Decree on Suppression of Hostile Newspapers

First Published: October 27 [Nov. 9], 1917.
Source: A Documentary History of Communism, compiled by Robert V Daniels, ©1985; I.B.Tairis & Co Ltd, London.
Translated: U.S. Government: Bolshevik Propaganda: Hearings before a Subcommittee of the Committee on the Judiciary, U.S. Senate, 65th Congress, 3rd Session. [Commas have been introduced.]
Transcription/Markup: Brian Baggins
Public Domain: Soviet History Archive 2006. This work is completely free.

In the serious decisive hour of the revolution, and the day immediately following it, the Provisional Revolutionary Committee was compelled to adopt a whole series of measures against the counter revolutionary press of all shades.

Immediately on all sides cries arose that the new socialist authority was violating, in this way, the essential principles of its program by an attempt against the freedom of the press.

The Workers' and Soldiers' Government draws the attention of the population to the fact that in our country, behind this liberal shield, there is practically hidden the liberty for the richer class to seize into their hand the lion's share of the whole press and by this means to poison the minds and bring confusion into the consciousness of the masses.

Everyone knows that the bourgeois press is one of the most powerful weapons of the bourgeoisie. Especially in this critical moment when the new authority, that of the workers and peasants, is in process of consolidation. It was impossible to leave this weapon in the hands of the enemy at a time when it is not less dangerous than bombs and machine guns. This is why temporary and extraordinary measures have been adopted for the purpose of cutting off the stream of mire and calumny in which the yellow and green press would be glad to drown the young victory of the people.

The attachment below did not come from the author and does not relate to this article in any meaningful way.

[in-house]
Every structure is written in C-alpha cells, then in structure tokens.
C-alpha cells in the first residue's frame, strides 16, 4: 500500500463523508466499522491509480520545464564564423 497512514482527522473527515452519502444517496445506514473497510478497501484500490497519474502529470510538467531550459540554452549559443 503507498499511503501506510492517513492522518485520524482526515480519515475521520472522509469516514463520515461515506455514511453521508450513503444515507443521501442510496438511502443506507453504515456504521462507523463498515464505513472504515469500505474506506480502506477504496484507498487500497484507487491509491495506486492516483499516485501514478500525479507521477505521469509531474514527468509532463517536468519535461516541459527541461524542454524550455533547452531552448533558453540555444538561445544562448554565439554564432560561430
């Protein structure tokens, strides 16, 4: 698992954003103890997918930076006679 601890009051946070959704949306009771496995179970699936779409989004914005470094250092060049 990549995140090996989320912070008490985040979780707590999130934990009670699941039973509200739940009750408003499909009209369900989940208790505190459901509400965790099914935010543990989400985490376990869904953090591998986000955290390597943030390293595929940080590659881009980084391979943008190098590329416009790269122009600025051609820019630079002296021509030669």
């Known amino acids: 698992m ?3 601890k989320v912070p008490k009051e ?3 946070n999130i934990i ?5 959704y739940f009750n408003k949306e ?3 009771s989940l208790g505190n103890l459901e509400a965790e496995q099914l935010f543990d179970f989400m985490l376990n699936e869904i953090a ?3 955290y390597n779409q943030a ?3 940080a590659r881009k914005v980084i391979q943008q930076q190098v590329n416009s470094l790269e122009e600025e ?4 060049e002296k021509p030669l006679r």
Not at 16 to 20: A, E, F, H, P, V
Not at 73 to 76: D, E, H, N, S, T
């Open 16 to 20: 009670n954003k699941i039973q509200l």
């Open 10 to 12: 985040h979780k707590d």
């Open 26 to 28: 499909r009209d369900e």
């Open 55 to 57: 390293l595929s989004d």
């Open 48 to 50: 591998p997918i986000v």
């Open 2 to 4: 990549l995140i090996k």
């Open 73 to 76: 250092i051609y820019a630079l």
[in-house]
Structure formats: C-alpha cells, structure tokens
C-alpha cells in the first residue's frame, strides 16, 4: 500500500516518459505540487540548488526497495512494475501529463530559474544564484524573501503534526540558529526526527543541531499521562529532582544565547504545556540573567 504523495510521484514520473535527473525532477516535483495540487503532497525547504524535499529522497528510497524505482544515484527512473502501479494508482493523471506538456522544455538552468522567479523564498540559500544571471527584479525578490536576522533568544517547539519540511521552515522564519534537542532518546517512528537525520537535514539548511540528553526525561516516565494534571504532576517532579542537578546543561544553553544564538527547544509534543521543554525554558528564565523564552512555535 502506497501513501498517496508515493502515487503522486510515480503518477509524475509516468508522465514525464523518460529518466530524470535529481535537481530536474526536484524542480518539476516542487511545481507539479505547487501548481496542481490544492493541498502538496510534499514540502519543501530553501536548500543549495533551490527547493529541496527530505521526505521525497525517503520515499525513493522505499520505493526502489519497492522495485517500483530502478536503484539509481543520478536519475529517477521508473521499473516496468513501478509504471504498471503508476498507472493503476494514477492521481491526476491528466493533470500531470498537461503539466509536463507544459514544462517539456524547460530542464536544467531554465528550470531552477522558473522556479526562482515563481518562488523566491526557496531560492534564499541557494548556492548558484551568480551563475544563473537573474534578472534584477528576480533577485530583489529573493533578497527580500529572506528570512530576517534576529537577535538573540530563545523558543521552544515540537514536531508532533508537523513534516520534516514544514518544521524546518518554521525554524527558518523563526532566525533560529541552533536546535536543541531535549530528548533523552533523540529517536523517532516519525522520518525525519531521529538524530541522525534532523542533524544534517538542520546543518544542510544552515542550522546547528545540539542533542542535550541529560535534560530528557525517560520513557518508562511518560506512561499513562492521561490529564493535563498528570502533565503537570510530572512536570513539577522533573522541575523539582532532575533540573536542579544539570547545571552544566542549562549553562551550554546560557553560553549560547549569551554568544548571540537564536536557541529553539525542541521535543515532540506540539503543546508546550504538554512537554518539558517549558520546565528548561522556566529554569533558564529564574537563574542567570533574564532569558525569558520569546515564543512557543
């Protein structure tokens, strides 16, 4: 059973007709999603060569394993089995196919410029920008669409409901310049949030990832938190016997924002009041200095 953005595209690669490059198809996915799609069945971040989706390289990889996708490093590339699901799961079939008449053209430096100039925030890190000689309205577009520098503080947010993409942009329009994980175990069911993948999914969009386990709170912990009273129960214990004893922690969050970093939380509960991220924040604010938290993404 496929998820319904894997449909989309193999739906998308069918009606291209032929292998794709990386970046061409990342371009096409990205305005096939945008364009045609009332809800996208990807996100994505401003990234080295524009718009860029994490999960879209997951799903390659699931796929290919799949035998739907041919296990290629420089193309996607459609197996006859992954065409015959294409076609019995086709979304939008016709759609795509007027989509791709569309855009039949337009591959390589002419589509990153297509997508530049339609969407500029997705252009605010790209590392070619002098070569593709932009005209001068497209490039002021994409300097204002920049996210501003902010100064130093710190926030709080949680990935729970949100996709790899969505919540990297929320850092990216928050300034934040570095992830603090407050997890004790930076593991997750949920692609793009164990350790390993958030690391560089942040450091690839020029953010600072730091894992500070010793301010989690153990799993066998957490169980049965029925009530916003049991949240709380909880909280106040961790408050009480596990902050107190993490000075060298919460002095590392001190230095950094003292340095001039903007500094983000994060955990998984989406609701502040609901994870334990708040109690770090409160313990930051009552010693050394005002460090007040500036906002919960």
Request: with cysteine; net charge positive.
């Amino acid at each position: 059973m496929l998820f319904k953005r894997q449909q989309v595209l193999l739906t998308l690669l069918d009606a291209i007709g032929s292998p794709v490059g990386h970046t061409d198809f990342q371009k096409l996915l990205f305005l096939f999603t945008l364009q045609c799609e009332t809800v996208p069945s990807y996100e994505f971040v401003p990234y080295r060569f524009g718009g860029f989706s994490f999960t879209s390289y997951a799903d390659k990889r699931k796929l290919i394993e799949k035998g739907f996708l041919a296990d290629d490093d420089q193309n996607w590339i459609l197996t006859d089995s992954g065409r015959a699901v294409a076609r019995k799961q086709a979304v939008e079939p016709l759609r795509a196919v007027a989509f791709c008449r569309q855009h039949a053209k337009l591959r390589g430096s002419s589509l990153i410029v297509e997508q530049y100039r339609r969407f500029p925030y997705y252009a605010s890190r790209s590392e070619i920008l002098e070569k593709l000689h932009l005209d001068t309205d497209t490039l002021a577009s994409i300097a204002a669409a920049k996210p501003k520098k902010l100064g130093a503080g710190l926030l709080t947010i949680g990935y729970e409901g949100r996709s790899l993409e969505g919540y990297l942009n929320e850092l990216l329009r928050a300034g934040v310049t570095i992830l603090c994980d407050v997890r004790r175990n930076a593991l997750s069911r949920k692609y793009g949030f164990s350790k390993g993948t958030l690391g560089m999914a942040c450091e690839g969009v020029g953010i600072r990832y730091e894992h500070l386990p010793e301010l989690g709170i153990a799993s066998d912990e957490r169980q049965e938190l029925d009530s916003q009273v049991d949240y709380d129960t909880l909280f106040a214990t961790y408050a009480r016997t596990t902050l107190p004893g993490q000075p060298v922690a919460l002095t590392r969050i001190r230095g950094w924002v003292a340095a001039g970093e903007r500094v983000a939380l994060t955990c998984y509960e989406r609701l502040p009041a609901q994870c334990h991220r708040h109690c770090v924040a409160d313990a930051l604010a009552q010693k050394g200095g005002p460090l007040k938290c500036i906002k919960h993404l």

As soon as the new order will be consolidated, all administrative measures against the press will be suspended; full liberty will be given it within the limits of responsibility before the law, in accordance with the broadest and most progressive regulations in this respect.

Bearing in mind, however, the fact that any restrictions of the freedom of the press, even in critical moments, are admissible only within the bound of necessity, the Council of People's Commissaries decrees as follows:

General Rules on the Press.

1. The following organs of the press shall be subject to be closed: (a) those inciting to open resistance or disobedience towards the Workers' and Peasants' Government; (b) those sowing confusion by means of an obviously calumniatory perversion of facts; (c) those inciting to acts of a criminal character punishable by the penal laws.

2. The temporary or permanent closing of any organ of the press shall be carried out only by a resolution of the Council of People's Commissaries.

3. The present decree is of a temporary nature and will be revoked by special ukaz when the normal conditions of public life will be reestablished.

Chairman of the Council of People's Commissars,
Vladimir Ulianov (Lenin)